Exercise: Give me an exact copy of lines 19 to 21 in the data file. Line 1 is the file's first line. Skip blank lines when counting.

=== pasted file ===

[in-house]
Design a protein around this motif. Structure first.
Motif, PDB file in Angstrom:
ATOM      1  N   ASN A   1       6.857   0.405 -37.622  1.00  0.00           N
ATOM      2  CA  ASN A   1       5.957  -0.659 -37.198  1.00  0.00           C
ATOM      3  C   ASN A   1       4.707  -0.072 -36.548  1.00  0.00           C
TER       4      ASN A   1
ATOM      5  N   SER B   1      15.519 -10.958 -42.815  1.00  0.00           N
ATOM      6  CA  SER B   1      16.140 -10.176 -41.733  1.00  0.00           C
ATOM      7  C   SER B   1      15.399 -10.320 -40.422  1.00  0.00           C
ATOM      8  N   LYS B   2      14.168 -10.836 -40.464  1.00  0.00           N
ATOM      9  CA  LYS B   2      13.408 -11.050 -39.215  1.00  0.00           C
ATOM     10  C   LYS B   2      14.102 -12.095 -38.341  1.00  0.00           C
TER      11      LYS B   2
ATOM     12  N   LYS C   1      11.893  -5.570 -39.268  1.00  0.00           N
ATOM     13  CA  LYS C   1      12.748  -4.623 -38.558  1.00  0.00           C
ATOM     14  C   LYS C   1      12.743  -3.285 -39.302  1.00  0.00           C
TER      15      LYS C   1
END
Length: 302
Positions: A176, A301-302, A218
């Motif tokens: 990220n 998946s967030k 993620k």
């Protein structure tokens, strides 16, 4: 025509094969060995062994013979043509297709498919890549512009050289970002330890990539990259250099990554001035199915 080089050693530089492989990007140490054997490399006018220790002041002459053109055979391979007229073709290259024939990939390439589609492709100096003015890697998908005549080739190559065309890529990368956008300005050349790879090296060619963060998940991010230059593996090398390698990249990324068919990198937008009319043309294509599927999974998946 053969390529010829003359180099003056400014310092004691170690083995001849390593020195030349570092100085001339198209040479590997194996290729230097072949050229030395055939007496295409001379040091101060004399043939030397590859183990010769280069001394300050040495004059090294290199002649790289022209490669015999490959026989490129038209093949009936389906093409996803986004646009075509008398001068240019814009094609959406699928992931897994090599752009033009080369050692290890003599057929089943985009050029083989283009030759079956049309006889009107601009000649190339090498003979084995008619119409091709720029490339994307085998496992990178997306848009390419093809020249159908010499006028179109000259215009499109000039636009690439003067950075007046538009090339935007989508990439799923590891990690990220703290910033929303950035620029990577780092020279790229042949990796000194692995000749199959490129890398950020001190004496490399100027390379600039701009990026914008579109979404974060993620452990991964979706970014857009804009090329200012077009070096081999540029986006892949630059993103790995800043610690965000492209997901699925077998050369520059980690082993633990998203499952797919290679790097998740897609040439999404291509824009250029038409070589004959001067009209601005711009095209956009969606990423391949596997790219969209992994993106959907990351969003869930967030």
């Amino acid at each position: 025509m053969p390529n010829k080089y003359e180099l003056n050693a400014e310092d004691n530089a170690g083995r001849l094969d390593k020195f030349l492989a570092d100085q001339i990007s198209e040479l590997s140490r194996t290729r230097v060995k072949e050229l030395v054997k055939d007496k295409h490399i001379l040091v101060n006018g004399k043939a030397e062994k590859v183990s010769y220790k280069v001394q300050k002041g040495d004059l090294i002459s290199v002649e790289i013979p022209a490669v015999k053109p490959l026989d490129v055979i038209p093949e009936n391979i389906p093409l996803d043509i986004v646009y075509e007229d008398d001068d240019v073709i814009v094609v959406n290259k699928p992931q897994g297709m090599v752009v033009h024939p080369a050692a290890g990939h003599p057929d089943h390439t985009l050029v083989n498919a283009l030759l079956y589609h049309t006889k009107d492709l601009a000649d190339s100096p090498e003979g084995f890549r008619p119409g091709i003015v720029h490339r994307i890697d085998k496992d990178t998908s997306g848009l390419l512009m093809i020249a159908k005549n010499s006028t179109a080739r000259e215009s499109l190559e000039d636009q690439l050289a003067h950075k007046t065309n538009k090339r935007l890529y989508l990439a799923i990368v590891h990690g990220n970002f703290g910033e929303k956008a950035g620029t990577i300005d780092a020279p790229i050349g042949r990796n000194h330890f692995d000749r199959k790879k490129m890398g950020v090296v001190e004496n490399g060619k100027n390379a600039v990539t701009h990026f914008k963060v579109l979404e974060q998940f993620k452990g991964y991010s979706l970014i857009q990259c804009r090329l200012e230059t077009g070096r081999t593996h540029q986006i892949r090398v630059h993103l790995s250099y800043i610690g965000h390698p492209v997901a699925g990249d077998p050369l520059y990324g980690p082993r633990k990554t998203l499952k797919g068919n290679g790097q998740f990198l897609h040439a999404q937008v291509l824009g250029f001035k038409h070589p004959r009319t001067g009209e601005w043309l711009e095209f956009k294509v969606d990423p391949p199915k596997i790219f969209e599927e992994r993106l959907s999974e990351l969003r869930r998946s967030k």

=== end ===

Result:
END
Length: 302
Positions: A176, A301-302, A218